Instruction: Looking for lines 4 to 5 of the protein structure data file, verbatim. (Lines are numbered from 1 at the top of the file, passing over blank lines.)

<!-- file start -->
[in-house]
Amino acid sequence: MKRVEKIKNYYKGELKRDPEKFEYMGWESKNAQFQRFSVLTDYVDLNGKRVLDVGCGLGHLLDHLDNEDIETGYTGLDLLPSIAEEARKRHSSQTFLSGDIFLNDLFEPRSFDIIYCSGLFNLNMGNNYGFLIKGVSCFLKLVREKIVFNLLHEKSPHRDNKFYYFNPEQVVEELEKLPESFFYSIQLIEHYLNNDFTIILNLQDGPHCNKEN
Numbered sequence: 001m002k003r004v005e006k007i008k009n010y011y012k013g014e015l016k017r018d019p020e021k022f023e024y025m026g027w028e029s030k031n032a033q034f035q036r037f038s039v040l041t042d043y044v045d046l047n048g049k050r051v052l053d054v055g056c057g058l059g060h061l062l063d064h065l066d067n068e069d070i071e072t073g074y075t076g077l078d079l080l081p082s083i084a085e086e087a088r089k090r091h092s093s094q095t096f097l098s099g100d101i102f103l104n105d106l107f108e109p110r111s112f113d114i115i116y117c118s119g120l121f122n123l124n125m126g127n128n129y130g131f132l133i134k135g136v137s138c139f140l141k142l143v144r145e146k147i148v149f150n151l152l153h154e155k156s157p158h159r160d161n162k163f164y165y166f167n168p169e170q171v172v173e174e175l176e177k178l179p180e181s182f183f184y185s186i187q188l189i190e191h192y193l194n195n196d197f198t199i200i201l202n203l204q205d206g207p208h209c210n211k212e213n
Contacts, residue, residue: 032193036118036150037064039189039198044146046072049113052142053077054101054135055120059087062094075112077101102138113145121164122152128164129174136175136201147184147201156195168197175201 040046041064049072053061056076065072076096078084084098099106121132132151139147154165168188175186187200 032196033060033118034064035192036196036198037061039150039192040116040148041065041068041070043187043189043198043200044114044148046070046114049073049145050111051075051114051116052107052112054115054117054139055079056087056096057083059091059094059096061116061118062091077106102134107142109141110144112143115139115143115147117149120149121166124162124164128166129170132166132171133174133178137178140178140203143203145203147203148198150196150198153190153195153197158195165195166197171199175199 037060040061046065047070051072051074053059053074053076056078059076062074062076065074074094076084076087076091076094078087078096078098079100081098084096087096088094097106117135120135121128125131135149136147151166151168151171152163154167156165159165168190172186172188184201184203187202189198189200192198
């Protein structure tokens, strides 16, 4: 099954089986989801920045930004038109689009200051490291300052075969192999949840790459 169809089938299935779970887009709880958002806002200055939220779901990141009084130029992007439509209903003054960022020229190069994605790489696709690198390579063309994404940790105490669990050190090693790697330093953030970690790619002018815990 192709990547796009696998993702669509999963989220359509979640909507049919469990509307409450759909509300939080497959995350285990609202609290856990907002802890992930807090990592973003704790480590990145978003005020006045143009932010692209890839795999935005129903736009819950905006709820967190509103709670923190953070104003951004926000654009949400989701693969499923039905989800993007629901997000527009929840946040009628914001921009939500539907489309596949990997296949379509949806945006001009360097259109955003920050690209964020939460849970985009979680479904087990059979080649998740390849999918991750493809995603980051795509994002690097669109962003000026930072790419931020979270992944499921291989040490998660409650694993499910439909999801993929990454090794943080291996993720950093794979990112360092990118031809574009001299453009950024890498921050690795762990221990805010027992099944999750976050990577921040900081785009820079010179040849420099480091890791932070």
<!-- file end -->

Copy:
Contacts, residue, residue: 032193036118036150037064039189039198044146046072049113052142053077054101054135055120059087062094075112077101102138113145121164122152128164129174136175136201147184147201156195168197175201 040046041064049072053061056076065072076096078084084098099106121132132151139147154165168188175186187200 032196033060033118034064035192036196036198037061039150039192040116040148041065041068041070043187043189043198043200044114044148046070046114049073049145050111051075051114051116052107052112054115054117054139055079056087056096057083059091059094059096061116061118062091077106102134107142109141110144112143115139115143115147117149120149121166124162124164128166129170132166132171133174133178137178140178140203143203145203147203148198150196150198153190153195153197158195165195166197171199175199 037060040061046065047070051072051074053059053074053076056078059076062074062076065074074094076084076087076091076094078087078096078098079100081098084096087096088094097106117135120135121128125131135149136147151166151168151171152163154167156165159165168190172186172188184201184203187202189198189200192198
């Protein structure tokens, strides 16, 4: 099954089986989801920045930004038109689009200051490291300052075969192999949840790459 169809089938299935779970887009709880958002806002200055939220779901990141009084130029992007439509209903003054960022020229190069994605790489696709690198390579063309994404940790105490669990050190090693790697330093953030970690790619002018815990 192709990547796009696998993702669509999963989220359509979640909507049919469990509307409450759909509300939080497959995350285990609202609290856990907002802890992930807090990592973003704790480590990145978003005020006045143009932010692209890839795999935005129903736009819950905006709820967190509103709670923190953070104003951004926000654009949400989701693969499923039905989800993007629901997000527009929840946040009628914001921009939500539907489309596949990997296949379509949806945006001009360097259109955003920050690209964020939460849970985009979680479904087990059979080649998740390849999918991750493809995603980051795509994002690097669109962003000026930072790419931020979270992944499921291989040490998660409650694993499910439909999801993929990454090794943080291996993720950093794979990112360092990118031809574009001299453009950024890498921050690795762990221990805010027992099944999750976050990577921040900081785009820079010179040849420099480091890791932070």